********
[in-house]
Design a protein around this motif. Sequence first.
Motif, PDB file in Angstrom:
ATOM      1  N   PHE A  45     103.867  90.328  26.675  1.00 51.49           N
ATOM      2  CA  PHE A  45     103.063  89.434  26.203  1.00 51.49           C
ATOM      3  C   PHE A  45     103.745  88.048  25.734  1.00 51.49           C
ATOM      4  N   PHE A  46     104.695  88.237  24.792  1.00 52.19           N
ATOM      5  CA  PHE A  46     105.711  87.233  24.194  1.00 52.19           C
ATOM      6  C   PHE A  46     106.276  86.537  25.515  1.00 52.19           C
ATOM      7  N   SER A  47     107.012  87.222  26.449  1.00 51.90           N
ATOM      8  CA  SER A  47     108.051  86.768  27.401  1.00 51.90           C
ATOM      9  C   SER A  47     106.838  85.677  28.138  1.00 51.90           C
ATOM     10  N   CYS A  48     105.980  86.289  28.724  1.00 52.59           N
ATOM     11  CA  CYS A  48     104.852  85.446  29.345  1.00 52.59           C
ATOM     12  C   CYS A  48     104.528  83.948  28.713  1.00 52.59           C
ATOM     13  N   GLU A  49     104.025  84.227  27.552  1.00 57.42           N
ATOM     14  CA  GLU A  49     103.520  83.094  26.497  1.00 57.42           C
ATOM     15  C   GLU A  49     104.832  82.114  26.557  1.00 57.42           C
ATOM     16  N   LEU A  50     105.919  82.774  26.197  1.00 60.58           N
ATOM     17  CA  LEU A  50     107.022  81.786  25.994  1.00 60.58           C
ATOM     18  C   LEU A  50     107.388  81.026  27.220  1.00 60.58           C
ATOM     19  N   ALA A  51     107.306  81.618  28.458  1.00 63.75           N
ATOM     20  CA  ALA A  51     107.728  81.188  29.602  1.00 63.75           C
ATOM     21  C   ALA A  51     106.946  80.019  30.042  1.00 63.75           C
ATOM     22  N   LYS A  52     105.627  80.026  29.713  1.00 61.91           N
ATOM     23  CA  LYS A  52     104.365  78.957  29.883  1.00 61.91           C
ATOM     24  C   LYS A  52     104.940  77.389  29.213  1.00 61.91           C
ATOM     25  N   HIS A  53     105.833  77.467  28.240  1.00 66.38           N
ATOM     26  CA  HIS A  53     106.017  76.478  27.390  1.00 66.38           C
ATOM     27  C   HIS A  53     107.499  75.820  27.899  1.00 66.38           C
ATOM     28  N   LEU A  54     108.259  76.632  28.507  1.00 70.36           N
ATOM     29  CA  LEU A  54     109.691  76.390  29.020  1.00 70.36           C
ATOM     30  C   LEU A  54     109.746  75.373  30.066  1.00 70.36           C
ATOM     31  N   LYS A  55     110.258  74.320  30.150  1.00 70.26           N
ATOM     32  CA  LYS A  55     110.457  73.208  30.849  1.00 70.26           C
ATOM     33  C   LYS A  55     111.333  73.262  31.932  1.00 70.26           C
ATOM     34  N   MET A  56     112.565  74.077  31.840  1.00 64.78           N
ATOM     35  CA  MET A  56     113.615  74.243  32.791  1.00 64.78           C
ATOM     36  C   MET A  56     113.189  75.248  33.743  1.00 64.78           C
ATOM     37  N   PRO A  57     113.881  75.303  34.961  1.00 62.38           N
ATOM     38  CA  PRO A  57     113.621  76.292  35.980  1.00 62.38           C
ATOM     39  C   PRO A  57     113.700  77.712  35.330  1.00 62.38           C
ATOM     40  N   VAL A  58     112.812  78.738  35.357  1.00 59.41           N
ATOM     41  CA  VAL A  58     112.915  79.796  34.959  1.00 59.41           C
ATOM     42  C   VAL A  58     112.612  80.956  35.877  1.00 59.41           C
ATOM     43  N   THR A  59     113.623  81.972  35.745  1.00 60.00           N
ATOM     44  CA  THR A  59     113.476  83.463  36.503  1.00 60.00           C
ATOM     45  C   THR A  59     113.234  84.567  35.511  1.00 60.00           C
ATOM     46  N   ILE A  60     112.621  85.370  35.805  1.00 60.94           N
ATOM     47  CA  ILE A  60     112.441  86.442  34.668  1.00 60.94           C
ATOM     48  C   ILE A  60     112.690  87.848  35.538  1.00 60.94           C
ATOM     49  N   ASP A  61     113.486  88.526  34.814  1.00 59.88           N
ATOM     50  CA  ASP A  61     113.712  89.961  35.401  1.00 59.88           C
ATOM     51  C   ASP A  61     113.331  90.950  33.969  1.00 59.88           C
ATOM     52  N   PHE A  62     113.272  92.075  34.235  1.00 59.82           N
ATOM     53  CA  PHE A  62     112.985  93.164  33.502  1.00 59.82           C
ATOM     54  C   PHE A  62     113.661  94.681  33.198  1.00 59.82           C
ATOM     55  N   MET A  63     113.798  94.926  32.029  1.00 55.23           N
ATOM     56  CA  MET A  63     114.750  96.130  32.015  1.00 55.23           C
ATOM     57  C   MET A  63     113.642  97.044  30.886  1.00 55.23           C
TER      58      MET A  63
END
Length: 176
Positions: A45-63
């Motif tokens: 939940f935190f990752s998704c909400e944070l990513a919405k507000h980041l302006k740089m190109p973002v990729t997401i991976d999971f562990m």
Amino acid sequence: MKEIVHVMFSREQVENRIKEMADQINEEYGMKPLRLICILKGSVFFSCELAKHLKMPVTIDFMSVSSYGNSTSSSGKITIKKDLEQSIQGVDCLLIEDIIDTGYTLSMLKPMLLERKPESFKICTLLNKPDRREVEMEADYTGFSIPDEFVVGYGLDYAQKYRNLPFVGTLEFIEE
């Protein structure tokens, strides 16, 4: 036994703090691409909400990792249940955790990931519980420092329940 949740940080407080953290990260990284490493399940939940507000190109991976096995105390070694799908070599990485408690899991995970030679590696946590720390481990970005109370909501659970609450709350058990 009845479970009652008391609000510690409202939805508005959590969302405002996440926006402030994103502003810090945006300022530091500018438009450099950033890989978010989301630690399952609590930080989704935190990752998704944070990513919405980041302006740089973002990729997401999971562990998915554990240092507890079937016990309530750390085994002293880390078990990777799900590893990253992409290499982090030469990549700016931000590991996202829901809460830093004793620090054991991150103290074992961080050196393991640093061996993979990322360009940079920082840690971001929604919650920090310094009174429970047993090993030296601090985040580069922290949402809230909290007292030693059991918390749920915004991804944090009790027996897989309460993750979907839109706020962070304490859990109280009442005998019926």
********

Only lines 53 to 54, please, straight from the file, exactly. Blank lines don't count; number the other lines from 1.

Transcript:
ATOM     50  CA  ASP A  61     113.712  89.961  35.401  1.00 59.88           C
ATOM     51  C   ASP A  61     113.331  90.950  33.969  1.00 59.88           C